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Last updated: 6 Mar 2024

Web Application Firewall (WAF) configuration

Web Application Firewall (WAF) rules enable blocking potentially malicious/suspect requests at the edge of the network before they can reach the applications.

How to configure WAF rules

WAF rules are configured via Terraform and associated to load balancers.

The rules are maintained in govuk-aws/terraform/projects/infra-public-wafs (alongside the configuration for the public load balancers in govuk-aws/terraform/projects/infra-public-services).

For instructions on how to deploy the terraform projects see deploying terraform.

For documentation on the kinds of rules:

Viewing logs for WAF

Our WAF ACLs are configured to log requests to Amazon CloudWatch log groups following the naming convention aws-waf-logs-<acl>-public-<environment>. They can be live tailed or queried via the CloudWatch interface in the AWS console.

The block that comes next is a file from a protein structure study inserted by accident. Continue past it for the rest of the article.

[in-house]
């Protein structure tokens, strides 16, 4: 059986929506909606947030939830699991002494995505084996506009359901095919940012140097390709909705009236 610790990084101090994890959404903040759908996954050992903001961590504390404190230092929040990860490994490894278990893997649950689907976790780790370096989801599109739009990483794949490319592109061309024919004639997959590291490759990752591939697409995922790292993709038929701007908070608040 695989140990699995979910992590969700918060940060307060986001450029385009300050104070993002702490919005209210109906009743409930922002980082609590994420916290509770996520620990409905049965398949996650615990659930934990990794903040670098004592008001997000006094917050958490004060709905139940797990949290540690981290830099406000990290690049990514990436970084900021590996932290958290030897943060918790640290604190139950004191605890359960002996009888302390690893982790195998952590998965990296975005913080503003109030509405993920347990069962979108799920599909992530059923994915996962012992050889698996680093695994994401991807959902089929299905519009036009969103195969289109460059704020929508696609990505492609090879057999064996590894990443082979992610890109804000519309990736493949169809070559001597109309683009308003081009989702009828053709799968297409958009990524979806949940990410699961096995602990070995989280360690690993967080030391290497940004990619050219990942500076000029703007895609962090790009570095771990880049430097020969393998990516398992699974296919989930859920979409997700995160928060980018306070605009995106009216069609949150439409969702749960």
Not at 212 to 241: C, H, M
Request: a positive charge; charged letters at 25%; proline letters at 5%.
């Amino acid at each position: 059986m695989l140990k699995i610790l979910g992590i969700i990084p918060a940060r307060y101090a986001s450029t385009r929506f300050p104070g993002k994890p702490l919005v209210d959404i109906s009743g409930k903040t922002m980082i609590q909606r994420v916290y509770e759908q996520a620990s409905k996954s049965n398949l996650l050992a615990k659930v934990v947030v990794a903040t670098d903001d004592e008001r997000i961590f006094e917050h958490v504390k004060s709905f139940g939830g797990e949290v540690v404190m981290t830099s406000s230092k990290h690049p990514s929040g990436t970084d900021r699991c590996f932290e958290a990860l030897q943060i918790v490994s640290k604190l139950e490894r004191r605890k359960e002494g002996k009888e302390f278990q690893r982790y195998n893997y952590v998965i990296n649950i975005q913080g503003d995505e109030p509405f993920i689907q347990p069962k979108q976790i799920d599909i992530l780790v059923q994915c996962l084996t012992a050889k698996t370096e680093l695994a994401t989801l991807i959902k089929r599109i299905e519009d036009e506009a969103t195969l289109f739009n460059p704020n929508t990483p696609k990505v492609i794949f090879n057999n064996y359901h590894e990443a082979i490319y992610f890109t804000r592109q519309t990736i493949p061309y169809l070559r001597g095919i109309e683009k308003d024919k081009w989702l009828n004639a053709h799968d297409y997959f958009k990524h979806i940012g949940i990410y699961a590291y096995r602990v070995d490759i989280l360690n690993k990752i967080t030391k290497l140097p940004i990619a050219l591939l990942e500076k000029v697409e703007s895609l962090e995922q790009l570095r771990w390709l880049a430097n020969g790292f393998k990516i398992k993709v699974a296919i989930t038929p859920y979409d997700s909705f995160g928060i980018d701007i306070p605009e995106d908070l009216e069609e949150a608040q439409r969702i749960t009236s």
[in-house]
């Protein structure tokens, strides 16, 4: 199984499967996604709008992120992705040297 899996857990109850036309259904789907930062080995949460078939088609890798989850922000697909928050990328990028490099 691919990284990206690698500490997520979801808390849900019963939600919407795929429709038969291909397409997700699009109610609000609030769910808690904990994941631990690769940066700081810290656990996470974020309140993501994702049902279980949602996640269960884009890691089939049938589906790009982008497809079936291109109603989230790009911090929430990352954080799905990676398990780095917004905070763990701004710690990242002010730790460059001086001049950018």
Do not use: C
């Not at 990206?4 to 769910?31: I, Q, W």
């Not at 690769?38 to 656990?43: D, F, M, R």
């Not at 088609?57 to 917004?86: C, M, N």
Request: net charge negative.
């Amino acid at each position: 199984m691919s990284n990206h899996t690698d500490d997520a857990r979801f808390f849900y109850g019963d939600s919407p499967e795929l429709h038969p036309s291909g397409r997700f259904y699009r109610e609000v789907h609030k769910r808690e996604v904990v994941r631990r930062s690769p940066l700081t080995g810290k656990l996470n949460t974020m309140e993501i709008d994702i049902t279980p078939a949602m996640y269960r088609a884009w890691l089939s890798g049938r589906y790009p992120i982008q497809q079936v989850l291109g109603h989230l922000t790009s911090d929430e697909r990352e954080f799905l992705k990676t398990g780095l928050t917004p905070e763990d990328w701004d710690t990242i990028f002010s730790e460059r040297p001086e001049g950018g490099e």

For the cache_public and bouncer_public WAF ACLs, we only log requests where the action is either BLOCK or COUNT. For the backend_public WAF ACL, we log all requests.

Blocking requests by JA3 signature

JA3 is a way of fingerprinting TLS connections, which can be used to detect whether a connection comes from a particular browser, or another TLS client (like curl, python, or possibly malware). They are useful as a way to match botnet/malware traffic if there are no better criteria available. Their opaqueness is a disadvantage in that it’s not possible to tell anything about what traffic they might apply to by reading the configuration.

Note that banning JA3s is potentially risky. If we get it wrong, we could ban a legitimate browser version.

The backend_public WAF ACL supports blocking requests by JA3 signature. The production denylist can be configured in govuk-aws-data/infra-public-wafs/production/common.tfvars (integration, staging).

The cache_public and bouncer_public ACLs do not support JA3 denylisting, but this can instead be configured at the CDN level.